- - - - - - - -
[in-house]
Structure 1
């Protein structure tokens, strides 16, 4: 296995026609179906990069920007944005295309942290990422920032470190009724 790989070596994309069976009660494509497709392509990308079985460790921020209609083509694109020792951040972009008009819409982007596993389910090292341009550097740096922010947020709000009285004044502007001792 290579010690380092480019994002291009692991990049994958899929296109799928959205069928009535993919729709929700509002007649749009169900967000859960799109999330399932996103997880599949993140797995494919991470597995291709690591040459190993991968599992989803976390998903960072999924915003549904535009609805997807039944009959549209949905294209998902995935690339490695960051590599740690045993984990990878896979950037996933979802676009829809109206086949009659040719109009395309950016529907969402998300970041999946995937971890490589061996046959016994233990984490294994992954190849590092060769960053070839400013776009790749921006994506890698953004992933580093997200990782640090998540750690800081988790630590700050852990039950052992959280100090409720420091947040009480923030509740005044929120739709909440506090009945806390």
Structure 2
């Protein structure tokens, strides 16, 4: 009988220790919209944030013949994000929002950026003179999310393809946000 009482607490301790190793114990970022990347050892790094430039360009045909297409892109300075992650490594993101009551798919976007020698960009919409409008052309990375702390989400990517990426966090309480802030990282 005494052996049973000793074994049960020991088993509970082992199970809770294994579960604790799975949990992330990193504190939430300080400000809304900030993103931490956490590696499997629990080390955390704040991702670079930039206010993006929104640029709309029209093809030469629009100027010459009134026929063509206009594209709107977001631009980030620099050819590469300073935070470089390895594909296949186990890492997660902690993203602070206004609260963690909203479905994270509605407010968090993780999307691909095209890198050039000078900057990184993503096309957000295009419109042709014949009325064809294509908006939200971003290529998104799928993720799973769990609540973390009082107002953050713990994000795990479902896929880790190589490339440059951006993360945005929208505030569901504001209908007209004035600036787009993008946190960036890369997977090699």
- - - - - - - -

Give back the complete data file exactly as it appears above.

[in-house]
Structure 1
């Protein structure tokens, strides 16, 4: 296995026609179906990069920007944005295309942290990422920032470190009724 790989070596994309069976009660494509497709392509990308079985460790921020209609083509694109020792951040972009008009819409982007596993389910090292341009550097740096922010947020709000009285004044502007001792 290579010690380092480019994002291009692991990049994958899929296109799928959205069928009535993919729709929700509002007649749009169900967000859960799109999330399932996103997880599949993140797995494919991470597995291709690591040459190993991968599992989803976390998903960072999924915003549904535009609805997807039944009959549209949905294209998902995935690339490695960051590599740690045993984990990878896979950037996933979802676009829809109206086949009659040719109009395309950016529907969402998300970041999946995937971890490589061996046959016994233990984490294994992954190849590092060769960053070839400013776009790749921006994506890698953004992933580093997200990782640090998540750690800081988790630590700050852990039950052992959280100090409720420091947040009480923030509740005044929120739709909440506090009945806390």
Structure 2
């Protein structure tokens, strides 16, 4: 009988220790919209944030013949994000929002950026003179999310393809946000 009482607490301790190793114990970022990347050892790094430039360009045909297409892109300075992650490594993101009551798919976007020698960009919409409008052309990375702390989400990517990426966090309480802030990282 005494052996049973000793074994049960020991088993509970082992199970809770294994579960604790799975949990992330990193504190939430300080400000809304900030993103931490956490590696499997629990080390955390704040991702670079930039206010993006929104640029709309029209093809030469629009100027010459009134026929063509206009594209709107977001631009980030620099050819590469300073935070470089390895594909296949186990890492997660902690993203602070206004609260963690909203479905994270509605407010968090993780999307691909095209890198050039000078900057990184993503096309957000295009419109042709014949009325064809294509908006939200971003290529998104799928993720799973769990609540973390009082107002953050713990994000795990479902896929880790190589490339440059951006993360945005929208505030569901504001209908007209004035600036787009993008946190960036890369997977090699």